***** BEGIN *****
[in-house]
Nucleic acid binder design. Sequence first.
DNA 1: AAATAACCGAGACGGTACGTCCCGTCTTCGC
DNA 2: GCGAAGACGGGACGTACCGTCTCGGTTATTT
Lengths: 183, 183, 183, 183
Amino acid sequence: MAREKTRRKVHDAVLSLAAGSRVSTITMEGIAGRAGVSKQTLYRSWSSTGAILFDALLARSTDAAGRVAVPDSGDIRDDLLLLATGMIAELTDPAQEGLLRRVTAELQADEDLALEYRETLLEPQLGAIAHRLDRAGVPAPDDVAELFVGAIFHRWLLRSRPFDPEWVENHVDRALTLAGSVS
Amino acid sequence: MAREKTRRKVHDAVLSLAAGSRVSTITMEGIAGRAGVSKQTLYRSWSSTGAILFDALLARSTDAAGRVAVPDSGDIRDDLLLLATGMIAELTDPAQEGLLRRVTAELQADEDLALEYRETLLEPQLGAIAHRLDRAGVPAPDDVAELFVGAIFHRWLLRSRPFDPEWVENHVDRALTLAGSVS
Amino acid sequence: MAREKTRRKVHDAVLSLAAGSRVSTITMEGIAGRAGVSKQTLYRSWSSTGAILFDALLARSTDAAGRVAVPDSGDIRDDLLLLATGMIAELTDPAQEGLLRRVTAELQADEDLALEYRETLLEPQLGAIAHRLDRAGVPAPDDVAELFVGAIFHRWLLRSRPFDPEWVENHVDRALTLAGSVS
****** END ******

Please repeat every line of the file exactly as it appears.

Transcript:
[in-house]
Nucleic acid binder design. Sequence first.
DNA 1: AAATAACCGAGACGGTACGTCCCGTCTTCGC
DNA 2: GCGAAGACGGGACGTACCGTCTCGGTTATTT
Lengths: 183, 183, 183, 183
Amino acid sequence: MAREKTRRKVHDAVLSLAAGSRVSTITMEGIAGRAGVSKQTLYRSWSSTGAILFDALLARSTDAAGRVAVPDSGDIRDDLLLLATGMIAELTDPAQEGLLRRVTAELQADEDLALEYRETLLEPQLGAIAHRLDRAGVPAPDDVAELFVGAIFHRWLLRSRPFDPEWVENHVDRALTLAGSVS
Amino acid sequence: MAREKTRRKVHDAVLSLAAGSRVSTITMEGIAGRAGVSKQTLYRSWSSTGAILFDALLARSTDAAGRVAVPDSGDIRDDLLLLATGMIAELTDPAQEGLLRRVTAELQADEDLALEYRETLLEPQLGAIAHRLDRAGVPAPDDVAELFVGAIFHRWLLRSRPFDPEWVENHVDRALTLAGSVS
Amino acid sequence: MAREKTRRKVHDAVLSLAAGSRVSTITMEGIAGRAGVSKQTLYRSWSSTGAILFDALLARSTDAAGRVAVPDSGDIRDDLLLLATGMIAELTDPAQEGLLRRVTAELQADEDLALEYRETLLEPQLGAIAHRLDRAGVPAPDDVAELFVGAIFHRWLLRSRPFDPEWVENHVDRALTLAGSVS